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Buddy, You're Doing a Heckuva Job

Since Dayton Moore was hired last summer the refrain, from the Affeldt trade to the Meche signing and beyond, has been the same: there's a new sheriff in town who won't put up with losing anymore. All winter, pundits local and national gave the Royals credit for changing the "culture of the clubhouse", and countless spring training puff pieces informed us of the new attitude throughout the organization. Even Rany Jazayerli, in Baseball Prospectus and here on Royals Review promulgated the idea that the tide had turned. The fans, many of whom are now also team subsidizers in Johnson County, wouldn't have to put up with comically bad baseball anymore.

Its time to match the rhetoric to the reality.

We're entering the "Brownie, you're doing a heckuva job" moment. Sure, we're all lapdogs to the comforting gruel of spin, actually, we're even lower than the most die-hard political true believer, we're fans. Even from that undignified intellectual register, silence and spin are awfully hard to take when you can actually see people on rooftops, days after the "heckuva job" began. Just like in New Orleans, no matter what is said, alot of nakedly bad baseball is right in front of our eyes.

Buddy, Dayton, "you're doing a heckuva job":

-The Royals are now 10-22, the worst record in the American League by three games.

-The Royals are 11th in the AL in batting average, 8th in OBP and 10th in slugging.

-The Royals are 9th in the AL in ERA (4.63) and have allowed the third most runs in the league (168), in part because they have also fielded one of the worst defenses in baseball. The Royals are allowing opponents to hit .288 against them, 13th "best" in the AL. BP's Defensive Efficiency metric notes that the Royals have turned only 67.8% of balls in play into outs. Again, only the Devil Rays have been worse.

Yesterday, after losing two close games to the Tigers, the Royals fell again, 13-4.

They trailed 13-0 before scoring a run, and were completely dominated by Chad Durbin, arguably one of the worst pitchers of the decade. And no, that is not hyperbole. He's been allowed to throw 370 innings of 6.08-ERA ball since 1999.

On this site, the discussion of Bell has been raging for weeks. No one is quite sure what he's actually good at, other than a vague sense that the guys in the clubhouse like him.

The problem with this line of thinking is that its impossible to hold it to a normative standard. This goes not just for Bell, but for all managers. When the team wins a 4-3 game, someone -- a player, a beat writer, a columnist -- is often apt to attribute it to something the wise old manager did pregame or maybe during the game. Since its all make believe, it really doesn't matter. Sometimes, his advice to "stay relaxed" is cited, other times its a closed door scream fest or a violent attack on a water cooler. These origin stories work much better after wins, but we never quite hear about them after losses.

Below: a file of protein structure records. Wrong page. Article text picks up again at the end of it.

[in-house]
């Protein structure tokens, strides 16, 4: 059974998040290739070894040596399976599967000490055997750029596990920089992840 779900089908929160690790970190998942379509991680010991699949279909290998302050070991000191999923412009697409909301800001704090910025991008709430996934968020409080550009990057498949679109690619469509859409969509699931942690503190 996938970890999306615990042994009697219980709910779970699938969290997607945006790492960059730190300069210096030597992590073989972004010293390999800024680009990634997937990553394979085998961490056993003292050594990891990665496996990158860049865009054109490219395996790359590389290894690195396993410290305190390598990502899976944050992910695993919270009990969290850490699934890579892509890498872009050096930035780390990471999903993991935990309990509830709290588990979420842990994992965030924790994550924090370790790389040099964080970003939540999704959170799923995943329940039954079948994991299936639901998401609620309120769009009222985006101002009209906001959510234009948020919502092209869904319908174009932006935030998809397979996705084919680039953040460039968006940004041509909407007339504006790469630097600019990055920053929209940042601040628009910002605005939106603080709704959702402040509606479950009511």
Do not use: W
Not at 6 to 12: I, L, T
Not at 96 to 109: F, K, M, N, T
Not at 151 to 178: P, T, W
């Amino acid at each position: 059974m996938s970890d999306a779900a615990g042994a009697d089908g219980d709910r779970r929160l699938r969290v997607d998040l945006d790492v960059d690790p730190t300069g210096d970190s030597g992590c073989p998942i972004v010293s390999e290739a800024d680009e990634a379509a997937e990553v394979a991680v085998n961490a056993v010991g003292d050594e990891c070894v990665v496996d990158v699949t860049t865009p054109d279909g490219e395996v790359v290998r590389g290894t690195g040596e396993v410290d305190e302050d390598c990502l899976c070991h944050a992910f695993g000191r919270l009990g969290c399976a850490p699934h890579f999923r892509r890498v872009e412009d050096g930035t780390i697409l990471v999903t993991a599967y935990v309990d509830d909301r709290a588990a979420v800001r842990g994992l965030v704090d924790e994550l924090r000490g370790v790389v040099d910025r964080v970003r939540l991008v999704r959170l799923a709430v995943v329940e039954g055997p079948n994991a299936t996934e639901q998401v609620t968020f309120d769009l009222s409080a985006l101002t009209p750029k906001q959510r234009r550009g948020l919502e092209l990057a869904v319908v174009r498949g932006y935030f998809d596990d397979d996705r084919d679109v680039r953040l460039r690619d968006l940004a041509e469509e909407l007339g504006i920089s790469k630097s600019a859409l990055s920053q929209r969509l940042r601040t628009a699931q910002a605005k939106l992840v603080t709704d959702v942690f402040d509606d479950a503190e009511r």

On Saturday night the Royals blew an 8th inning lead and lost 7-5. The next day (morning really, especially for these guys) the Royals came out and got absolutely destroyed by Chad Durbin and Neifi Perez.

Anyone wanna wonder what the story would have been had they won?

"Buddy just told us to forget about last night and go out there and compete..."


"He let us have it after the game. I can't repeat what he said", said Player X laughing, "but it wasn't real nice".

So, what about Buddy's clear managerial failure this weekend? My point is only partially about Buddy. Whats really at play here is a deeper problem: lazy analysis. When explanations can only be applied half the time (or in the Royals case, about 40% of the time) they probably aren't very useful. Does any of the off-season rhetoric mean anything now? Did any of the stories this morning hold anyone accountable after a winter of good press and totally unverifiable praise?

No, not at all. Check for a story on how great Meche has been, and the Star for... well, columns about the Chiefs, NBA refs and... Angel Berroa.

This team is playing horrible, listless, fundamentally poor baseball. Does anyone care? Do any results actually matter?

Can someone with access please ask Dayton Moore if 10-22 -- with a lineup featuring 5 of the least productive players in baseball -- was a part of the plan?